North Carolina Reports 1st Case Of South African COVID Variant

RALEIGH, N.C. — Health officials say on Thursday a North Carolina resident tested positive for the coronavirus variant, B.1.351 strain, first detected in South Africa back in October.

An adult in North Carolina from the central part of the state, who had not traveled recently, contracted the B.1.351 strain of coronavirus, according to the North Carolina Department of Health and Human Services (NCDHHS).

Health officials say this individual will remain anonymous to protect their privacy, and “the specimen was tested by LabCorp and selected for sequencing as part of a partnership with the Centers for Disease Control and Prevention.”

North Carolina is the fourth state to report a case with this variant of the virus, since its arrival to the United States in January, according to a news release.

Officials say as of February 9th nine cases of this South African COVID variant have been reported in South Carolina, Maryland, and Virginia.

NCDHHS officials say data shows although this new strain of the virus may be more contagious, there is no evidence it will cause more severe disease, and therefore the current vaccine will prove effective against all forms of this virus.

Health officials warn residents viruses change all the time, and the NCDHHS expects to see new COVID-19 variants in the future.

“While we anticipated the arrival of the B.1.351 variant in NC, it’s a reminder that the fight against COVID-19 is not over. The emergence of variants that are more infectious means it’s more important than ever to do what we know works to slow the spread — wear a mask, wash your hands, wait 6 feet apart, and get vaccinated when it’s your turn,” said NCDHHS Secretary Mandy K. Cohen, M.D.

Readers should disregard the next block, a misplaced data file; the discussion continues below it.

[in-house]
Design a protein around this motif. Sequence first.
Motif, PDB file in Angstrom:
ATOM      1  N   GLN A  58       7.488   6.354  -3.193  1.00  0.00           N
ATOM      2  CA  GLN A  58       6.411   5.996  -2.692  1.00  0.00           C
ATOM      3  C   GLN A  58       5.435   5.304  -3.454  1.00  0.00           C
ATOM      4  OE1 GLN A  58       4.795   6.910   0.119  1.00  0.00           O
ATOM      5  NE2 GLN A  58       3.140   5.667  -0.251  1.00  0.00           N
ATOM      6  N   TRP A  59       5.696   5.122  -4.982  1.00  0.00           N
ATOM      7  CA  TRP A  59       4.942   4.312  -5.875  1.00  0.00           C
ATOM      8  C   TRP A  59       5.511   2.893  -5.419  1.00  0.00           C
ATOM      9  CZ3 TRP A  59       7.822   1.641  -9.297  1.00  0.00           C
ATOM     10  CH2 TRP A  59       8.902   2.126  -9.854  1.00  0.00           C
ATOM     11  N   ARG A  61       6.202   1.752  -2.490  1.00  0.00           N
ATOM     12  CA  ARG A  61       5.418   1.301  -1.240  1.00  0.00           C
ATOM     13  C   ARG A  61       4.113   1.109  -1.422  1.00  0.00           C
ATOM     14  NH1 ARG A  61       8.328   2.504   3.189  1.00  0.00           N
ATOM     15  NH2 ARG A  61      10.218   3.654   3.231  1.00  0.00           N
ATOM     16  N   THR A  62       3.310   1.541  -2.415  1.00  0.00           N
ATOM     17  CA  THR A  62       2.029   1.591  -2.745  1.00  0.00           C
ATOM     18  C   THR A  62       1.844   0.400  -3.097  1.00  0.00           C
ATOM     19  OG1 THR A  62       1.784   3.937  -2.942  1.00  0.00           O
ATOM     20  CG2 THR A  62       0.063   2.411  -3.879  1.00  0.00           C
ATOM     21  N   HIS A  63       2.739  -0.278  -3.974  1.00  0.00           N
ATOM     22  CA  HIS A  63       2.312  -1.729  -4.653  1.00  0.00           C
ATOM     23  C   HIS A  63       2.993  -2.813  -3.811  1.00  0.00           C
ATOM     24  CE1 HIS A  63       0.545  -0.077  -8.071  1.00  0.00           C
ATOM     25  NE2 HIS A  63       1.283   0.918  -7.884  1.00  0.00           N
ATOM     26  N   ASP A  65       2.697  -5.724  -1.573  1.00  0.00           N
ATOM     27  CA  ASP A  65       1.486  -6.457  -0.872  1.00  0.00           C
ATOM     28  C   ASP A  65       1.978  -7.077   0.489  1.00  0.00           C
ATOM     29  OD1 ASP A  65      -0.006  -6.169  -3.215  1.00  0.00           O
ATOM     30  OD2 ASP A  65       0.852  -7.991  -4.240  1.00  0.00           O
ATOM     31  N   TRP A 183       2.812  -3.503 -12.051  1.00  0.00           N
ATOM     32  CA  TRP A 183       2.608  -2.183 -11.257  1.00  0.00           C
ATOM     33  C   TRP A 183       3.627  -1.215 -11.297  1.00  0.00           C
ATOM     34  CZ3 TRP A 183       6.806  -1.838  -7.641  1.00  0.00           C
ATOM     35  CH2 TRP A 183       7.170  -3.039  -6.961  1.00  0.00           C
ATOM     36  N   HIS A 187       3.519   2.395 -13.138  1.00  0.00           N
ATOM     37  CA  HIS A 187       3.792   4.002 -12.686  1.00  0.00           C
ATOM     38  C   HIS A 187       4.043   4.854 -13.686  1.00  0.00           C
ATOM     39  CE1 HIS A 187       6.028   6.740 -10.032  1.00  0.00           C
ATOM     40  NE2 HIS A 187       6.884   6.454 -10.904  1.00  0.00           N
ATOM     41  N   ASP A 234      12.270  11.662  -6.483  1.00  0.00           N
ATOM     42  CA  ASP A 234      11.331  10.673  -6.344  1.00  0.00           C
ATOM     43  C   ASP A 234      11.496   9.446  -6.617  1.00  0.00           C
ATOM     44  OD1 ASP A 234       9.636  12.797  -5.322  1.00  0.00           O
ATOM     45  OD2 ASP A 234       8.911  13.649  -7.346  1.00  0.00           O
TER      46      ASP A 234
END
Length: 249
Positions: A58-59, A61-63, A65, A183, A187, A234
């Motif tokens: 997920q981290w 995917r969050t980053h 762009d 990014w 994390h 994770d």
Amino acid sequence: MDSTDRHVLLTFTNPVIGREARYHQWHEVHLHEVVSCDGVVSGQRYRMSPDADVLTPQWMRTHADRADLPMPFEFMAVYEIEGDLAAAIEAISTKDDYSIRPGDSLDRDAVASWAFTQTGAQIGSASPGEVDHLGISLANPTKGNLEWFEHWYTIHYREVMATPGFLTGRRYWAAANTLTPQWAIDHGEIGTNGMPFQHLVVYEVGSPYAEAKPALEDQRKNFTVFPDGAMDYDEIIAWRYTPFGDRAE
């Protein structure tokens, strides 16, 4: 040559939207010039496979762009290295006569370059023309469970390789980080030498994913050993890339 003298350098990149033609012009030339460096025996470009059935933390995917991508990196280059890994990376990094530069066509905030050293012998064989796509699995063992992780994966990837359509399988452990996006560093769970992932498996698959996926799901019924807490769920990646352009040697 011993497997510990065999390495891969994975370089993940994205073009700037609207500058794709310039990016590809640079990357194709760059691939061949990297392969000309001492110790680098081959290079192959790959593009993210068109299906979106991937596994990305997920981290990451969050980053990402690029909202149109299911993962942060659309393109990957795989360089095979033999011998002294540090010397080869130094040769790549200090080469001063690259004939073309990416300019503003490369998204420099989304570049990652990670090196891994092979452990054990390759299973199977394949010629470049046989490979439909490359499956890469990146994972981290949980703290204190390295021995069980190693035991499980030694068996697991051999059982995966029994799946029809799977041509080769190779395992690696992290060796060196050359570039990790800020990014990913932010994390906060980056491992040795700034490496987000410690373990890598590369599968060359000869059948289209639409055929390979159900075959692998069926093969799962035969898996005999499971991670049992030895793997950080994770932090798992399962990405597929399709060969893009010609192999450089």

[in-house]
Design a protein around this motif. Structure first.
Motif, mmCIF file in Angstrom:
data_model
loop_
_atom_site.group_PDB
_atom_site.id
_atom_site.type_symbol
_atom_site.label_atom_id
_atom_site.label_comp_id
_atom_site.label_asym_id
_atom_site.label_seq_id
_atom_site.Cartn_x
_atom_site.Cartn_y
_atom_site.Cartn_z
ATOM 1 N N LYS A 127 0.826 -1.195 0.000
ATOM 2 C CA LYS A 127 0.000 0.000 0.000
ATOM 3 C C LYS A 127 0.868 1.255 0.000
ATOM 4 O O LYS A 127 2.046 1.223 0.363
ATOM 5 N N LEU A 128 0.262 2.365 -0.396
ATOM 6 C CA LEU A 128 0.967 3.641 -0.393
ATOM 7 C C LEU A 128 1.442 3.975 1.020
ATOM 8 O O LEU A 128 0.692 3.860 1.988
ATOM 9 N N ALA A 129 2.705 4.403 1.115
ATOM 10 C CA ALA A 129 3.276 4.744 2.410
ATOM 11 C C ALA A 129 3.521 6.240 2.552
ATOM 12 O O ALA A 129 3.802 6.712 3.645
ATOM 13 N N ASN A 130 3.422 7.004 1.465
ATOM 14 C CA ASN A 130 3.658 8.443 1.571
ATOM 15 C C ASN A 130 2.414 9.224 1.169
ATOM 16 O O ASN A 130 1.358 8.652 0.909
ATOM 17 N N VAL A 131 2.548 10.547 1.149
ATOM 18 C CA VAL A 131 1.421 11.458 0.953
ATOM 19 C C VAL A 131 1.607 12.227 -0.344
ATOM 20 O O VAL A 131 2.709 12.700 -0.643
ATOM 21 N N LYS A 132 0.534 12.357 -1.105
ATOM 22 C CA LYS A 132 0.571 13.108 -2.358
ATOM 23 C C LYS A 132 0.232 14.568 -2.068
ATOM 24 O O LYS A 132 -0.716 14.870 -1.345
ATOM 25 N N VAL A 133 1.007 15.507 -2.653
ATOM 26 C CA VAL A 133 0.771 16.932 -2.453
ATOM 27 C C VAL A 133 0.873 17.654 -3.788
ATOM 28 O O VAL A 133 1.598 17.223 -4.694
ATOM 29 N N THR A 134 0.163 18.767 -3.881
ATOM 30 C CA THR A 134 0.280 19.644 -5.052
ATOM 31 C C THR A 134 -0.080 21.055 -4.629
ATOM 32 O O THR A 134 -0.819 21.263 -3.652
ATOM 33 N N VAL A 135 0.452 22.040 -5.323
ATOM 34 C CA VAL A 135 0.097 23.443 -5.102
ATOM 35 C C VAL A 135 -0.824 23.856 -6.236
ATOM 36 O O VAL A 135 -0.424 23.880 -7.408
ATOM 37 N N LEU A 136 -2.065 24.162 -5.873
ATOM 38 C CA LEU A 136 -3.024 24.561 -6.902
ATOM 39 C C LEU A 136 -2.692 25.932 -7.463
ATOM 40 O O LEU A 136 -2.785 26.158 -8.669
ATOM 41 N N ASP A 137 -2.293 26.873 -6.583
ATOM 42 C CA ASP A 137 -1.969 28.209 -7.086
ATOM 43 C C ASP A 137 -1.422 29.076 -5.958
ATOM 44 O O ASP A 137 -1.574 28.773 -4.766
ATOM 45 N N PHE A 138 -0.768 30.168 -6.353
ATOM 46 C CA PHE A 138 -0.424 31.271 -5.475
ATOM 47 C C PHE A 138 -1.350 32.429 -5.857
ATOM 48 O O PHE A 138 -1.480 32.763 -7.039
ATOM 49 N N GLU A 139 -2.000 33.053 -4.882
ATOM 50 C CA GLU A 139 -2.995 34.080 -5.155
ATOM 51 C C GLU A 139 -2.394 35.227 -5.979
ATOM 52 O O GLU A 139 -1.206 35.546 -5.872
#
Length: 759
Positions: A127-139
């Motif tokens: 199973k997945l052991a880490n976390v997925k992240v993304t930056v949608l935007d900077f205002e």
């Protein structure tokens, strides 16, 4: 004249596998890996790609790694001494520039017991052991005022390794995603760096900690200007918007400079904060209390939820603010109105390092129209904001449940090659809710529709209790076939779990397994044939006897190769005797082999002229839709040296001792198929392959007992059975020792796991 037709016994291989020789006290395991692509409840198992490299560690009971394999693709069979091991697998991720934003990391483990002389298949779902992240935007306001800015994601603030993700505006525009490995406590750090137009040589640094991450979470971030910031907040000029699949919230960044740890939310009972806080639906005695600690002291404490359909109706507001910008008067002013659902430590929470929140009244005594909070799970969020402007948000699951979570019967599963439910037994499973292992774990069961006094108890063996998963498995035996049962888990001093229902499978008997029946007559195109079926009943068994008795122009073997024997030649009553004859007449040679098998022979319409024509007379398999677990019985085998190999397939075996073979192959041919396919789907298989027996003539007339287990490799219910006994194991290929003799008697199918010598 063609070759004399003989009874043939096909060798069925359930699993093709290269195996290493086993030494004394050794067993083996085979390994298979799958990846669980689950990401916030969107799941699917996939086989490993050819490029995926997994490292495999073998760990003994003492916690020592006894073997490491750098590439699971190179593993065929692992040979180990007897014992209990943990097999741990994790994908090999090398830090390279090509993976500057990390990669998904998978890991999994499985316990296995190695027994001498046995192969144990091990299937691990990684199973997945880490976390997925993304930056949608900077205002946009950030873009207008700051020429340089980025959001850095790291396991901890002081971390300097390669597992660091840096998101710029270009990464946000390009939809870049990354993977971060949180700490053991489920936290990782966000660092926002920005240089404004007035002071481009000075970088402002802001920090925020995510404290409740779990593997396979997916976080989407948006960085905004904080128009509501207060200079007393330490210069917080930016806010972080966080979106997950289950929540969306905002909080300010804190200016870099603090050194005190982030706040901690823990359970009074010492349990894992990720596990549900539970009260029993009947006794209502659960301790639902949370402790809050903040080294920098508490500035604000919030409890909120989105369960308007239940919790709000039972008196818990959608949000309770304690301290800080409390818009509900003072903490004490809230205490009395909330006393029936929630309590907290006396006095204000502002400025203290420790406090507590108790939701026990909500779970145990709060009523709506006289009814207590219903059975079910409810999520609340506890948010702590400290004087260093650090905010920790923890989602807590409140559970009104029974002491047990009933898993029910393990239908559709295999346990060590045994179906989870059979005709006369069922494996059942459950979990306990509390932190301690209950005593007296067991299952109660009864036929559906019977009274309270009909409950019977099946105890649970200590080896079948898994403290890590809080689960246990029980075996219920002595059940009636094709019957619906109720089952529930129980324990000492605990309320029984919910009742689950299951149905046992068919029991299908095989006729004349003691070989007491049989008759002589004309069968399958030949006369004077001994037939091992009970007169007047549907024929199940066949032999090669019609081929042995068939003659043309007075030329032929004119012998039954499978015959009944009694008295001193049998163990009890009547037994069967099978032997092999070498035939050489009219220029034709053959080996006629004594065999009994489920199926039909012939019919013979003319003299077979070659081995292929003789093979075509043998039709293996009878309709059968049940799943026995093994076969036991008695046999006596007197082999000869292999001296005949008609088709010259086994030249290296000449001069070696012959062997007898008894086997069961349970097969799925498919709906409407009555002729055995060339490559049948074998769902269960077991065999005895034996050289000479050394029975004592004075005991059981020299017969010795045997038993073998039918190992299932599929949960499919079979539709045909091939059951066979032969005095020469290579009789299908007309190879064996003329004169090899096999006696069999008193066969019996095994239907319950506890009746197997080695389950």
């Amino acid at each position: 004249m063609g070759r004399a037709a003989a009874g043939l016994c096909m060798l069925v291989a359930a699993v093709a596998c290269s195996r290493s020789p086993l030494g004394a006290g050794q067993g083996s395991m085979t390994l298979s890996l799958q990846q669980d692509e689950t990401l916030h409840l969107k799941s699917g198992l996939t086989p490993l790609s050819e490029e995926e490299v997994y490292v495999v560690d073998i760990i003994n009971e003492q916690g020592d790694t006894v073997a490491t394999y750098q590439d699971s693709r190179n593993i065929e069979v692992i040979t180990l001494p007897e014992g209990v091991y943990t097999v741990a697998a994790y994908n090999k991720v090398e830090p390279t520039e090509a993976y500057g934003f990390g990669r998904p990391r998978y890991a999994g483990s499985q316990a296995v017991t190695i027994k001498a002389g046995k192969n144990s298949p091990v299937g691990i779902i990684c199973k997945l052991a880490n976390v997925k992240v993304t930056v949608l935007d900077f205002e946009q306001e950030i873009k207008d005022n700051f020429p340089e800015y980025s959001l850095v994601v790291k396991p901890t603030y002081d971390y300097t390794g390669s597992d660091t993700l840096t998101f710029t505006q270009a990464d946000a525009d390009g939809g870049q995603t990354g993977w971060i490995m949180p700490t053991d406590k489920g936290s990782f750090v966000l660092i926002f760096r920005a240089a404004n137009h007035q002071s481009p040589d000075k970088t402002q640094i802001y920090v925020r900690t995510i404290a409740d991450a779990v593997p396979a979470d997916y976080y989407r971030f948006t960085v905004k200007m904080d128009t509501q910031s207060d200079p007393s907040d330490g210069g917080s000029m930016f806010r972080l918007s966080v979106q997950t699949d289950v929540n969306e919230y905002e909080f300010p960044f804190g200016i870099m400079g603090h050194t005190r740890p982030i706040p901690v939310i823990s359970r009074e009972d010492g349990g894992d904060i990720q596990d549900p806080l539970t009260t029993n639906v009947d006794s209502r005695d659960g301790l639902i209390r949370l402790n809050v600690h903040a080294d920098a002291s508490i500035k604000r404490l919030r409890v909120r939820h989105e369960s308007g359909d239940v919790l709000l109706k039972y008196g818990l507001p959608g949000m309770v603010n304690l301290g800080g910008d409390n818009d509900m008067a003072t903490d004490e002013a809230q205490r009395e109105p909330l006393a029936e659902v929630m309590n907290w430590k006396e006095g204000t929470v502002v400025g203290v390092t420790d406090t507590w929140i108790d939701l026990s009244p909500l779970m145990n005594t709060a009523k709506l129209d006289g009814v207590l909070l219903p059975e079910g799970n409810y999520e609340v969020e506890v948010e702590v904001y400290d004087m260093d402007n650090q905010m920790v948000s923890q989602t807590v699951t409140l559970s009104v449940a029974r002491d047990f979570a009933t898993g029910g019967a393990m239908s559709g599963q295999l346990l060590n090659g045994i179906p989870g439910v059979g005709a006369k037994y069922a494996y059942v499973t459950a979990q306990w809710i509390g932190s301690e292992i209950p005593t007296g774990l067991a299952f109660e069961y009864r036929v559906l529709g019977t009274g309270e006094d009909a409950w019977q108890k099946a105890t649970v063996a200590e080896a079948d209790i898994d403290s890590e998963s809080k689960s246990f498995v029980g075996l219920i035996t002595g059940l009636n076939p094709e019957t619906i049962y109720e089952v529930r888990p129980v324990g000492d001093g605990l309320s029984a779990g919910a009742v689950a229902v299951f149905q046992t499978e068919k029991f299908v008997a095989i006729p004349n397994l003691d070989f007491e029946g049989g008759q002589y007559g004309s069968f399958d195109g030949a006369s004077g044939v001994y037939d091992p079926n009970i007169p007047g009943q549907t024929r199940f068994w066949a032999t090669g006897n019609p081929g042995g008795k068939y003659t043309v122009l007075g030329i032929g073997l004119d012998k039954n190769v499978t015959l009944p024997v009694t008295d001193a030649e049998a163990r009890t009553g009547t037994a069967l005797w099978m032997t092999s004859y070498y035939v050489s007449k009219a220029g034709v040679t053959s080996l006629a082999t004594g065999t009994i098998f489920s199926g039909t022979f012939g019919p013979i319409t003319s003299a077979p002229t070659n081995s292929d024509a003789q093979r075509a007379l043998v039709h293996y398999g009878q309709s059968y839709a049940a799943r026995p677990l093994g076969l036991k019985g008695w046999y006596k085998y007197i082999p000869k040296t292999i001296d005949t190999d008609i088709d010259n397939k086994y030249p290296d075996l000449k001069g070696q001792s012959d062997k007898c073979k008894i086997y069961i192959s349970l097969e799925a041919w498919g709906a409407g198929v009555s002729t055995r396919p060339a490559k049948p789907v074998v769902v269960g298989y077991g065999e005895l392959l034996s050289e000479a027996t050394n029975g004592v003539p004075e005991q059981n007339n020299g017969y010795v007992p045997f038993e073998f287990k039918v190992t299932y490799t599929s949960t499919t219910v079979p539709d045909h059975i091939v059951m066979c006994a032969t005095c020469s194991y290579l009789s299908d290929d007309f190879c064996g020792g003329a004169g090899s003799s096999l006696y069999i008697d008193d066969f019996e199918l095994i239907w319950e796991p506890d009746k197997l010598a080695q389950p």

NCDHHS officials provide these additional recommendations on how to improve mask wearing based on guidance from the CDC:

  • Make sure your mask fits snugly against your face and covers your nose and mouth. To help with a snug fit, you can use a mask with a metal strip along the top of the mask.
  • Use two or more layers for your face covering. You can do this by wearing a cloth face covering with two or more layers or by wearing one disposable mask (sometimes referred to as a surgical mask or a medical procedure mask) underneath a cloth mask.
  • Do not wear two disposable masks.
  • Make sure you can see and breathe easily.

Officials say as of February 10th North Carolina has administered more than 1.4 million doses of the coronavirus vaccine, but vaccine supply remains limited.

Health officials ask residents to remain patient and follow recommended health safety guidelines until everyone has the opportunity to get their vaccine.